The Associated Press
PORT ANGELES — A Port Angeles woman whose 2015 death from measles was the first in the nation since 2003 has been identified as a 28-year-old woman who was studying to become a Border Patrol agent.
Death records say Catherine J. Montantes died of pneumonia caused by the measles, The Seattle Times reported.
Montantes, who had a rare inflammatory muscle disease called dermatomyositis, was a former dental hygienist and a college student studying criminal justice in hopes of becoming a Border Patrol officer, her family said.
People with underlying health conditions are more susceptible to lethal pneumonia, a common side effect of measles, said Dr. Manisha Patel, a medical epidemiologist with the Centers for Disease Control and Prevention of Atlanta.
“Immunocompromised hosts are complicated,” Patel said.
“Even if they’re vaccinated, they may be susceptible.”
Montantes’ infection wasn’t found until after an autopsy, according to Clallam County health officials.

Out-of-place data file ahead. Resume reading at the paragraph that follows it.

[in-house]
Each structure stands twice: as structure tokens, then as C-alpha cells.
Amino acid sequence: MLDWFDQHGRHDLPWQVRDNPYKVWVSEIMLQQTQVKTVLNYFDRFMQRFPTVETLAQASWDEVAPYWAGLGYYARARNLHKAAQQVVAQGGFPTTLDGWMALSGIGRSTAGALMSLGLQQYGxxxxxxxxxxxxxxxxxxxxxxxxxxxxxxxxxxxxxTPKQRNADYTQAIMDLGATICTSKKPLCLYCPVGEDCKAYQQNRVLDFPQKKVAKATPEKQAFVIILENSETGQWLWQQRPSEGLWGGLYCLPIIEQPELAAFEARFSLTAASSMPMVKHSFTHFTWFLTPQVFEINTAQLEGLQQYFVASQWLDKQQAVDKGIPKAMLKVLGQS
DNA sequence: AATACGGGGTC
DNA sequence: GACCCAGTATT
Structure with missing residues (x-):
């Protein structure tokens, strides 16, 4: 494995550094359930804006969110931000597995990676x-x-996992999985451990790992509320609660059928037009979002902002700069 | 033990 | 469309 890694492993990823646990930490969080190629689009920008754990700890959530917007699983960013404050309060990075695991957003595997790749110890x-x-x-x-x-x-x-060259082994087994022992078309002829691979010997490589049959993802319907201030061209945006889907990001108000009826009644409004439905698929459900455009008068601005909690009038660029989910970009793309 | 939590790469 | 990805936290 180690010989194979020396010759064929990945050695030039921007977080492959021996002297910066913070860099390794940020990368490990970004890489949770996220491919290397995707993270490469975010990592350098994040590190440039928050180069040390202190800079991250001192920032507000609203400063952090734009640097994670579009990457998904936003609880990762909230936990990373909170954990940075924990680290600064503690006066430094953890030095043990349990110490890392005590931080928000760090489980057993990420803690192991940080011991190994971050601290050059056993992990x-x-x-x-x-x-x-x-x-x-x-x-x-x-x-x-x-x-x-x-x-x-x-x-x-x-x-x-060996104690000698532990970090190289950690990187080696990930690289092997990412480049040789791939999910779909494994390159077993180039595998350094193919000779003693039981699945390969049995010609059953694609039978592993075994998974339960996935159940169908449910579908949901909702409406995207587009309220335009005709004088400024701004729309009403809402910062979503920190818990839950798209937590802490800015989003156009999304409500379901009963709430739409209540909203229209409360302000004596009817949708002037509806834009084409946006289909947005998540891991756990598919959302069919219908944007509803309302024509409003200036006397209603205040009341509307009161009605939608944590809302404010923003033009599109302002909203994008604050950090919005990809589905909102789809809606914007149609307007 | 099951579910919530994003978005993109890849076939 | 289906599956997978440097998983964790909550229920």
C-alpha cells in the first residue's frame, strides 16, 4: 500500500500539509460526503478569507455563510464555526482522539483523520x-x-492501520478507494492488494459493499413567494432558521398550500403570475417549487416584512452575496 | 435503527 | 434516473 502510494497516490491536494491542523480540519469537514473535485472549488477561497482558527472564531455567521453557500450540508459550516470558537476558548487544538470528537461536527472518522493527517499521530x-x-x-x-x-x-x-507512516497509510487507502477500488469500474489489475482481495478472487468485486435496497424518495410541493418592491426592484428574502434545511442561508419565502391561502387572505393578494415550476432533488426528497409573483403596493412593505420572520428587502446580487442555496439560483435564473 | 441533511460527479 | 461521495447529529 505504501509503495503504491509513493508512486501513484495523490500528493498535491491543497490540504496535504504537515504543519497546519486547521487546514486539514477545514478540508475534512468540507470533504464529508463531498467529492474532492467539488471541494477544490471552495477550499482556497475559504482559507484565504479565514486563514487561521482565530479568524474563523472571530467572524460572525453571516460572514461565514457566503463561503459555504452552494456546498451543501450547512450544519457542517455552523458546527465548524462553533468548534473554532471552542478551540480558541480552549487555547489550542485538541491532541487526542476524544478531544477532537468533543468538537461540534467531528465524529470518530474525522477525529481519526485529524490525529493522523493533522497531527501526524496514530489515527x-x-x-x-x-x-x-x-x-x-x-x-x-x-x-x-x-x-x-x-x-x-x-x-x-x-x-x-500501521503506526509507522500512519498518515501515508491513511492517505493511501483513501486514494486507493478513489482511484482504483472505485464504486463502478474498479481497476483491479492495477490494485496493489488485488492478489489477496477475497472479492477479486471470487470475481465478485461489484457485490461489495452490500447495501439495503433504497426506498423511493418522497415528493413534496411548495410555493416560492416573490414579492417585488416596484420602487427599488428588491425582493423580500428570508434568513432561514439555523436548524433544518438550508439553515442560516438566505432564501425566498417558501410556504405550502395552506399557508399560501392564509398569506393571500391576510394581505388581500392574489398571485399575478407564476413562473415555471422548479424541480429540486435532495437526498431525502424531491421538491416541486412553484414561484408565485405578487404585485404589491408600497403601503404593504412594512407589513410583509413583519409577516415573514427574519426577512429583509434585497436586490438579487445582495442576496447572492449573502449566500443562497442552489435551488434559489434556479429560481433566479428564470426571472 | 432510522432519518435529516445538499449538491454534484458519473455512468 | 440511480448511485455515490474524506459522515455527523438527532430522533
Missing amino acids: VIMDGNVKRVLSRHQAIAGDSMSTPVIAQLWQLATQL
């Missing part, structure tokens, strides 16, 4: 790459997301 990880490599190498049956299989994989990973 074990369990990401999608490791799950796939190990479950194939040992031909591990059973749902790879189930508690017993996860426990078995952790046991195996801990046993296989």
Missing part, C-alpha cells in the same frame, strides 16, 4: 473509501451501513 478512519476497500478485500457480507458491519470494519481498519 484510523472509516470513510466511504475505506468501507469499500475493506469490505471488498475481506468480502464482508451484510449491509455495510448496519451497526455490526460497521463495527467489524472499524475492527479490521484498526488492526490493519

She may have been exposed to the measles virus along with almost three dozen people at the Lower Elwha Health Clinic in late January 2015.
A 52-year-old man who visited the clinic was later confirmed as Clallam County’s first measles case in 20 years.
Montantes was at the clinic during the time period the man was there, but it is not known if that is where she was exposed to the virus, Chas DeBolt, senior epidemiologist with the state Department of Health, said in March.
Montantes did not have symptoms typical of measles such as a rash, but the virus was in a blood sample collected in February, county public health officials said.
On March 19, she got sick and went to Olympic Medical Center in Port Angeles.
She was then sent to the University of Washington Medical Center on March 26, where she died April 8.
Montantes was born in Juneau, Alaska, and was funny, strong and fiercely protective of her three siblings, according to family members.
Her mother, Ralphenia Knudson, said Montantes was “just a real go-getter.”
“Whatever Cathy sought to achieve, she would find ways to achieve it,” said Knudson, 53, who lives in Juneau.
Montantes was studying criminal justice and hoped to become a Border Patrol officer, her family said. She was also a dental hygienist and last practiced in Arkansas.
“I am in awe and amazed by everything that young lady survived and went through,” Knudson said. “Her strength that I saw was amazing.”
Of the 189 people infected with measles in the U.S. last year, 11 were in Washington state.
In 2014, 667 measles cases were reported nationally. Four people have reported measles infections in the nation this year.